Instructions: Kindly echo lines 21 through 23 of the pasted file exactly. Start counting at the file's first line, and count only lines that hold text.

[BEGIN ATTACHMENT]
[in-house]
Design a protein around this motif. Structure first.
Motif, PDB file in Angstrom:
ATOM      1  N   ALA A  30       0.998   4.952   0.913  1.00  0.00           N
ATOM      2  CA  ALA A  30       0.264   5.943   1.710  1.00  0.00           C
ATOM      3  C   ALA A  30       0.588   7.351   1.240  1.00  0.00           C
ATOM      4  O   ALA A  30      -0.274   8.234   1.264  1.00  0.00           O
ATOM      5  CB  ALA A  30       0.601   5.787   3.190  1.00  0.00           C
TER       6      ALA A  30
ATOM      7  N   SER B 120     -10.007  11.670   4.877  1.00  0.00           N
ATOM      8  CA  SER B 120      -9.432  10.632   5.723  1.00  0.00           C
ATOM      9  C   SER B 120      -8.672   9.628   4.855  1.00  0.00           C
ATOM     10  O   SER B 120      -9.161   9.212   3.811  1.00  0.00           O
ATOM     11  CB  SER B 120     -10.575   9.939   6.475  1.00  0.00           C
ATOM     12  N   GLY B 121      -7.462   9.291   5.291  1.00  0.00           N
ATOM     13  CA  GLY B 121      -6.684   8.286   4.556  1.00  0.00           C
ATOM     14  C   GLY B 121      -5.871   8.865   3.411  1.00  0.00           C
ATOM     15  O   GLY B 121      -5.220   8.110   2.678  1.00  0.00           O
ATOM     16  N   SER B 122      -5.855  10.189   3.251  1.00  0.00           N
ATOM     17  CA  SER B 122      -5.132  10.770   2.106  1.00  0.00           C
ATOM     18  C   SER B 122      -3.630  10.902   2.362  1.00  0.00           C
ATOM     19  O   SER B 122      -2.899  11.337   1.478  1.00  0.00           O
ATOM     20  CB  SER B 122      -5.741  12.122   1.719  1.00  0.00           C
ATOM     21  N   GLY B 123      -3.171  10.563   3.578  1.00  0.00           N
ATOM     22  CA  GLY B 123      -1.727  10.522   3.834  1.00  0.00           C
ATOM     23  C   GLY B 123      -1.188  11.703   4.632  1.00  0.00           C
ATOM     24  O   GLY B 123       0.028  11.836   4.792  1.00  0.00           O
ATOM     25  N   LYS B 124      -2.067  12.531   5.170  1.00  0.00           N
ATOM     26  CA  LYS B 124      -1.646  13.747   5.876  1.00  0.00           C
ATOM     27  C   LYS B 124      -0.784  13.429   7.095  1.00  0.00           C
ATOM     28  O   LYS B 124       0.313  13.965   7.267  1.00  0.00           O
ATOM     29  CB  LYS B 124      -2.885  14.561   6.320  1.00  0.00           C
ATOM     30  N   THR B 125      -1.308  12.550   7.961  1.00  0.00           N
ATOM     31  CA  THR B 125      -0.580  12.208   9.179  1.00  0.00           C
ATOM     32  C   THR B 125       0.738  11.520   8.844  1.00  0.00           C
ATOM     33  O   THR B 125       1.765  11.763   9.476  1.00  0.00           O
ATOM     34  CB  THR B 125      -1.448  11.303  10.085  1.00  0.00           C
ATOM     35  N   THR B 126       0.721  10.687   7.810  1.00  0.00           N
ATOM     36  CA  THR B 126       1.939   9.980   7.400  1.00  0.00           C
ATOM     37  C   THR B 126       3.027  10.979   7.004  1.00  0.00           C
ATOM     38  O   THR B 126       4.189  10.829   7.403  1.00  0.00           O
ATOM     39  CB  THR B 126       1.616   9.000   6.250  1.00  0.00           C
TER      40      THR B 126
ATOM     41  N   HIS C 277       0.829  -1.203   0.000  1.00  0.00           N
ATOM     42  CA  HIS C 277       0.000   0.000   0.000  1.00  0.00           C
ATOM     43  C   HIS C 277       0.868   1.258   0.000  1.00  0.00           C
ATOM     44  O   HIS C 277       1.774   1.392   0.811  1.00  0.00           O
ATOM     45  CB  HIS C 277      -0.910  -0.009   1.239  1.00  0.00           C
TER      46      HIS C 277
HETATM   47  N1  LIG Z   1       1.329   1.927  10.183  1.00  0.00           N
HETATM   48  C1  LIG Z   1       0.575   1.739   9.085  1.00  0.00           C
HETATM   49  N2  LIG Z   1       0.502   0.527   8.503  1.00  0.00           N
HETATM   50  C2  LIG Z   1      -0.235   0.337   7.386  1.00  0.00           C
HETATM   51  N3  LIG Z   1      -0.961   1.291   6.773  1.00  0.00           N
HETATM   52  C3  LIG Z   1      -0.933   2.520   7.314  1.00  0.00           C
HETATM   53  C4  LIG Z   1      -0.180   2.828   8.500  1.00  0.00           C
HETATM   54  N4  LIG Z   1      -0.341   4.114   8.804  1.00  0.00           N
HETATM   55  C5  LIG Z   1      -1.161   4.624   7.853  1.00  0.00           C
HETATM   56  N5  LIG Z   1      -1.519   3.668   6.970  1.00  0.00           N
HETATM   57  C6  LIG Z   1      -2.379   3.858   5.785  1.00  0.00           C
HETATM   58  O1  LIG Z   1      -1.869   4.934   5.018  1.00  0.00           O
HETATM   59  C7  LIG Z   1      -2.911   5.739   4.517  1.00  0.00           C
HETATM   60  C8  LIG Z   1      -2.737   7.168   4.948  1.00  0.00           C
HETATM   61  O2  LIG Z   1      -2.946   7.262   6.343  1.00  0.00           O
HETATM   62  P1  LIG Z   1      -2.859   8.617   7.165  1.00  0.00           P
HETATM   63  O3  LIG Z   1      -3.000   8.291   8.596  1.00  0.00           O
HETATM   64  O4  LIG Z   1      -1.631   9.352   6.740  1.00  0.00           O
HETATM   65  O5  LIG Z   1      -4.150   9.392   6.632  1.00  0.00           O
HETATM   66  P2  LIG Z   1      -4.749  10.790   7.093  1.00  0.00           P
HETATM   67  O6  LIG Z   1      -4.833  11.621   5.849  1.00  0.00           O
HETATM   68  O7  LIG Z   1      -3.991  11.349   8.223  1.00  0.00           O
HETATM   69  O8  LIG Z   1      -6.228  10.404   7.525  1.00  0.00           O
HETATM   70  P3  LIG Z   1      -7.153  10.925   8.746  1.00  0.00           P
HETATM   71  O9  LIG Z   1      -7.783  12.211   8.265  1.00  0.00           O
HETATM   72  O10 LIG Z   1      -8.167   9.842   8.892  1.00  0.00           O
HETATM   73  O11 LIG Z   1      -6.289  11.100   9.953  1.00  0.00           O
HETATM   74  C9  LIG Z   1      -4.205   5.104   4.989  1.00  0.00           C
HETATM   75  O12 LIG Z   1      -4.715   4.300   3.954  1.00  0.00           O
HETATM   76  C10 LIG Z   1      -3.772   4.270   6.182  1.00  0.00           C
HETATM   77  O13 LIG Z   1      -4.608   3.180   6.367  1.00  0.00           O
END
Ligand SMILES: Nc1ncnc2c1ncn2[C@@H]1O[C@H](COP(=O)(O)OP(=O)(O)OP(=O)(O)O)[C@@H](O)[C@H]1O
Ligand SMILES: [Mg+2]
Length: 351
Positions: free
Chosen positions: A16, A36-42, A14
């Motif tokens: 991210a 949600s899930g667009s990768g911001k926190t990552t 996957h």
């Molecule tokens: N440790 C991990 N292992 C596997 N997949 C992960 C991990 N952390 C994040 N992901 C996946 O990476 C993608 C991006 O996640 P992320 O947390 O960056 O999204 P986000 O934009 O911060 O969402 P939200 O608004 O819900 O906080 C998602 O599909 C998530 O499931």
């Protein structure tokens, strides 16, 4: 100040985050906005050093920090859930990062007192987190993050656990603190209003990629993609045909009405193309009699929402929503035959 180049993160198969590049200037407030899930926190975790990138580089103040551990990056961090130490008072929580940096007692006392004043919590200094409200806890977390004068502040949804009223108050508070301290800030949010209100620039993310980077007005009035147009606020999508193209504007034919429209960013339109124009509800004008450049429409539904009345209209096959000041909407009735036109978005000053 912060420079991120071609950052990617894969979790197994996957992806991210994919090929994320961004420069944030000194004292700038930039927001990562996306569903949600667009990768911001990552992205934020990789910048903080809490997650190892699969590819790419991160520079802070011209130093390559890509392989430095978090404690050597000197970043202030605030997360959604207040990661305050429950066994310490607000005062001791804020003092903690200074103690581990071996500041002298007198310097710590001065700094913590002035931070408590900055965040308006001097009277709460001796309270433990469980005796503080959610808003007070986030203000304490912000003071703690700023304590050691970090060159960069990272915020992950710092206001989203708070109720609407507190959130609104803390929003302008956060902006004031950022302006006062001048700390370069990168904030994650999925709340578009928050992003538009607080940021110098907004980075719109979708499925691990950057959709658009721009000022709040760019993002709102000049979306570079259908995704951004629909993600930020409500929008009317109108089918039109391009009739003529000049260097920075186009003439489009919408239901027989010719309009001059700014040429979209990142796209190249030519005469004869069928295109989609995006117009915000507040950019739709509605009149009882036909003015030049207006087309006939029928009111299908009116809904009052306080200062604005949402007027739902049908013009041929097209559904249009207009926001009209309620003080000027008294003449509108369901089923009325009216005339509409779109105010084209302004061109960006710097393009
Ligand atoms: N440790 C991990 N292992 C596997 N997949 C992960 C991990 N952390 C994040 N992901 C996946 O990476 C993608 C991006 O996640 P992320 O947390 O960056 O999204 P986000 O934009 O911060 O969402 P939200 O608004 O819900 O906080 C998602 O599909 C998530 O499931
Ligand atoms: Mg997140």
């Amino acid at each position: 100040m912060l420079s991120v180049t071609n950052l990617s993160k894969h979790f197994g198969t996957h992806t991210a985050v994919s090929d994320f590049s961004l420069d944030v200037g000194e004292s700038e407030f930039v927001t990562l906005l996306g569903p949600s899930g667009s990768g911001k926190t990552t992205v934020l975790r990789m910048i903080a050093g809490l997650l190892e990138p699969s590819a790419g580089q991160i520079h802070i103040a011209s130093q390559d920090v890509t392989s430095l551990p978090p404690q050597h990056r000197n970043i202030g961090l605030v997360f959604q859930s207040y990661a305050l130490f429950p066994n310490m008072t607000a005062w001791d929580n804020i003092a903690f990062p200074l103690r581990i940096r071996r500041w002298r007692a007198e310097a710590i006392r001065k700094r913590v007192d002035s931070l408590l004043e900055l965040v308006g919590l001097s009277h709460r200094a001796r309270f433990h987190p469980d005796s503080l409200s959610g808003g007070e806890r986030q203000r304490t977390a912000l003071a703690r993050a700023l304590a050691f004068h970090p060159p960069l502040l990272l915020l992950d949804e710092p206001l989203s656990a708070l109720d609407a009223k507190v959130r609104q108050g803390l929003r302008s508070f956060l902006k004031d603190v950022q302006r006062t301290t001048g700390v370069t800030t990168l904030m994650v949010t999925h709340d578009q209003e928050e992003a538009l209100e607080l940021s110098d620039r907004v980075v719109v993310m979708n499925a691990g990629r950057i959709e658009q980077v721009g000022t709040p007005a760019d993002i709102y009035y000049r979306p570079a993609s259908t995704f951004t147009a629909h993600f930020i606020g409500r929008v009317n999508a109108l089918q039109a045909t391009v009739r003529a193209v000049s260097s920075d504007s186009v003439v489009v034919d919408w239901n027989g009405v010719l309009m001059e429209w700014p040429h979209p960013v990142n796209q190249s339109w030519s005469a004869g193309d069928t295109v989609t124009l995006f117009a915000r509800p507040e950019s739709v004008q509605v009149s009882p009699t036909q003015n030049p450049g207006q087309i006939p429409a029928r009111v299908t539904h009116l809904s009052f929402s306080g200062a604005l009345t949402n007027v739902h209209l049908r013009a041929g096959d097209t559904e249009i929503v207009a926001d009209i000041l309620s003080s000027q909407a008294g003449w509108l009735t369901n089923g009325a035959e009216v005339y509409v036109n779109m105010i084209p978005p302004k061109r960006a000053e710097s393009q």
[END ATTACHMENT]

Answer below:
ATOM     18  C   SER B 122      -3.630  10.902   2.362  1.00  0.00           C
ATOM     19  O   SER B 122      -2.899  11.337   1.478  1.00  0.00           O
ATOM     20  CB  SER B 122      -5.741  12.122   1.719  1.00  0.00           C